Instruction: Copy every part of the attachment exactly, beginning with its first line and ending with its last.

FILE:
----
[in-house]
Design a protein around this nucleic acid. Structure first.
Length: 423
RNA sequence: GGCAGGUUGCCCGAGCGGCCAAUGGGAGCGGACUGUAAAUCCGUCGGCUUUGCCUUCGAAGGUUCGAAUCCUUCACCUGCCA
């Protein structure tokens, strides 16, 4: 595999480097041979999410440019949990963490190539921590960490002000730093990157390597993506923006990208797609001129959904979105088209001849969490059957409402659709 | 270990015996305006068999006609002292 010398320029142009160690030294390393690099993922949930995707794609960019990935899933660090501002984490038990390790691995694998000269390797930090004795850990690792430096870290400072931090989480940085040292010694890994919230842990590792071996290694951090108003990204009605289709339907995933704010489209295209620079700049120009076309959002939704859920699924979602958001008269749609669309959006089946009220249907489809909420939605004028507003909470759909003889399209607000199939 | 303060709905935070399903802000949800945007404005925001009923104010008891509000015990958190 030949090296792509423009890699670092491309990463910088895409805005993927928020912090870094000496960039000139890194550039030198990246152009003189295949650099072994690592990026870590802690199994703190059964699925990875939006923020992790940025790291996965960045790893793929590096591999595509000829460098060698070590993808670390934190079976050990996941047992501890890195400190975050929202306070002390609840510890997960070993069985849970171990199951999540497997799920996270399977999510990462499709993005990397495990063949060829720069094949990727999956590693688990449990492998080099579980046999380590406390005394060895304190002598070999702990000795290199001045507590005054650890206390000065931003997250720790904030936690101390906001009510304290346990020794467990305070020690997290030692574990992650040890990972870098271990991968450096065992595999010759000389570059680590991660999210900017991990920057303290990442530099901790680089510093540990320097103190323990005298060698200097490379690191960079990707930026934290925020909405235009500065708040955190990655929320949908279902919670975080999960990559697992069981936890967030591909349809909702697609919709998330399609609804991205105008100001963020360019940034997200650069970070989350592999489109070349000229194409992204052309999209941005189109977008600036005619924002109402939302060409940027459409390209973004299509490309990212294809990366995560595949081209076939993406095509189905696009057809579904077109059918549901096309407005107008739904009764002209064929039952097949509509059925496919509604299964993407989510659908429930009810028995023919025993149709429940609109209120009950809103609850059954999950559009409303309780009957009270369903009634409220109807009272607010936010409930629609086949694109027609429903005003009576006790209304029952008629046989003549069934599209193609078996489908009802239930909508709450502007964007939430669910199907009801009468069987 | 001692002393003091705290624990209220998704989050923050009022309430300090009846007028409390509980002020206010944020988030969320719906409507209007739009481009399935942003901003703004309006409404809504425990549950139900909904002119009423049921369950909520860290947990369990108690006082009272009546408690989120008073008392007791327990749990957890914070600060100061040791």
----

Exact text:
[in-house]
Design a protein around this nucleic acid. Structure first.
Length: 423
RNA sequence: GGCAGGUUGCCCGAGCGGCCAAUGGGAGCGGACUGUAAAUCCGUCGGCUUUGCCUUCGAAGGUUCGAAUCCUUCACCUGCCA
């Protein structure tokens, strides 16, 4: 595999480097041979999410440019949990963490190539921590960490002000730093990157390597993506923006990208797609001129959904979105088209001849969490059957409402659709 | 270990015996305006068999006609002292 010398320029142009160690030294390393690099993922949930995707794609960019990935899933660090501002984490038990390790691995694998000269390797930090004795850990690792430096870290400072931090989480940085040292010694890994919230842990590792071996290694951090108003990204009605289709339907995933704010489209295209620079700049120009076309959002939704859920699924979602958001008269749609669309959006089946009220249907489809909420939605004028507003909470759909003889399209607000199939 | 303060709905935070399903802000949800945007404005925001009923104010008891509000015990958190 030949090296792509423009890699670092491309990463910088895409805005993927928020912090870094000496960039000139890194550039030198990246152009003189295949650099072994690592990026870590802690199994703190059964699925990875939006923020992790940025790291996965960045790893793929590096591999595509000829460098060698070590993808670390934190079976050990996941047992501890890195400190975050929202306070002390609840510890997960070993069985849970171990199951999540497997799920996270399977999510990462499709993005990397495990063949060829720069094949990727999956590693688990449990492998080099579980046999380590406390005394060895304190002598070999702990000795290199001045507590005054650890206390000065931003997250720790904030936690101390906001009510304290346990020794467990305070020690997290030692574990992650040890990972870098271990991968450096065992595999010759000389570059680590991660999210900017991990920057303290990442530099901790680089510093540990320097103190323990005298060698200097490379690191960079990707930026934290925020909405235009500065708040955190990655929320949908279902919670975080999960990559697992069981936890967030591909349809909702697609919709998330399609609804991205105008100001963020360019940034997200650069970070989350592999489109070349000229194409992204052309999209941005189109977008600036005619924002109402939302060409940027459409390209973004299509490309990212294809990366995560595949081209076939993406095509189905696009057809579904077109059918549901096309407005107008739904009764002209064929039952097949509509059925496919509604299964993407989510659908429930009810028995023919025993149709429940609109209120009950809103609850059954999950559009409303309780009957009270369903009634409220109807009272607010936010409930629609086949694109027609429903005003009576006790209304029952008629046989003549069934599209193609078996489908009802239930909508709450502007964007939430669910199907009801009468069987 | 001692002393003091705290624990209220998704989050923050009022309430300090009846007028409390509980002020206010944020988030969320719906409507209007739009481009399935942003901003703004309006409404809504425990549950139900909904002119009423049921369950909520860290947990369990108690006082009272009546408690989120008073008392007791327990749990957890914070600060100061040791």